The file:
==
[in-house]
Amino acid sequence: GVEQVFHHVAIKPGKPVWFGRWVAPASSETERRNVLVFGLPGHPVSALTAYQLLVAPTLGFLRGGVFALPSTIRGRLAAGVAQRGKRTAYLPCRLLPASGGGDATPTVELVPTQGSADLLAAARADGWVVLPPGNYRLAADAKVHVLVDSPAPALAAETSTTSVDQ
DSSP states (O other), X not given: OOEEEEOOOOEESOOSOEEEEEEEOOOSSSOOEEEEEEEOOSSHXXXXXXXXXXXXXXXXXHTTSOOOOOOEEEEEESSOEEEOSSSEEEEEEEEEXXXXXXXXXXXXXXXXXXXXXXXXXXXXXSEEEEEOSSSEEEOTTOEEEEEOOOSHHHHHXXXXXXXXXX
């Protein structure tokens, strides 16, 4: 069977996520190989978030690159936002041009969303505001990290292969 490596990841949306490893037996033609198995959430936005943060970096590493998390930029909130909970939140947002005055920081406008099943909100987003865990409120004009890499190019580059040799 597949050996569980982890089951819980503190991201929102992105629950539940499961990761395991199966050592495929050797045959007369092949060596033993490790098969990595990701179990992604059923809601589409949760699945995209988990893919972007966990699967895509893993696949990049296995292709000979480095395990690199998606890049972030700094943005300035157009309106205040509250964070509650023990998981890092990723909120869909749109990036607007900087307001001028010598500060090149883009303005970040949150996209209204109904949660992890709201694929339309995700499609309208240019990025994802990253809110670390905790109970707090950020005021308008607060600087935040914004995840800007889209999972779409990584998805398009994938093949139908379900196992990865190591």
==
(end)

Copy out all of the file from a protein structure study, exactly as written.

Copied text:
[in-house]
Amino acid sequence: GVEQVFHHVAIKPGKPVWFGRWVAPASSETERRNVLVFGLPGHPVSALTAYQLLVAPTLGFLRGGVFALPSTIRGRLAAGVAQRGKRTAYLPCRLLPASGGGDATPTVELVPTQGSADLLAAARADGWVVLPPGNYRLAADAKVHVLVDSPAPALAAETSTTSVDQ
DSSP states (O other), X not given: OOEEEEOOOOEESOOSOEEEEEEEOOOSSSOOEEEEEEEOOSSHXXXXXXXXXXXXXXXXXHTTSOOOOOOEEEEEESSOEEEOSSSEEEEEEEEEXXXXXXXXXXXXXXXXXXXXXXXXXXXXXSEEEEEOSSSEEEOTTOEEEEEOOOSHHHHHXXXXXXXXXX
């Protein structure tokens, strides 16, 4: 069977996520190989978030690159936002041009969303505001990290292969 490596990841949306490893037996033609198995959430936005943060970096590493998390930029909130909970939140947002005055920081406008099943909100987003865990409120004009890499190019580059040799 597949050996569980982890089951819980503190991201929102992105629950539940499961990761395991199966050592495929050797045959007369092949060596033993490790098969990595990701179990992604059923809601589409949760699945995209988990893919972007966990699967895509893993696949990049296995292709000979480095395990690199998606890049972030700094943005300035157009309106205040509250964070509650023990998981890092990723909120869909749109990036607007900087307001001028010598500060090149883009303005970040949150996209209204109904949660992890709201694929339309995700499609309208240019990025994802990253809110670390905790109970707090950020005021308008607060600087935040914004995840800007889209999972779409990584998805398009994938093949139908379900196992990865190591």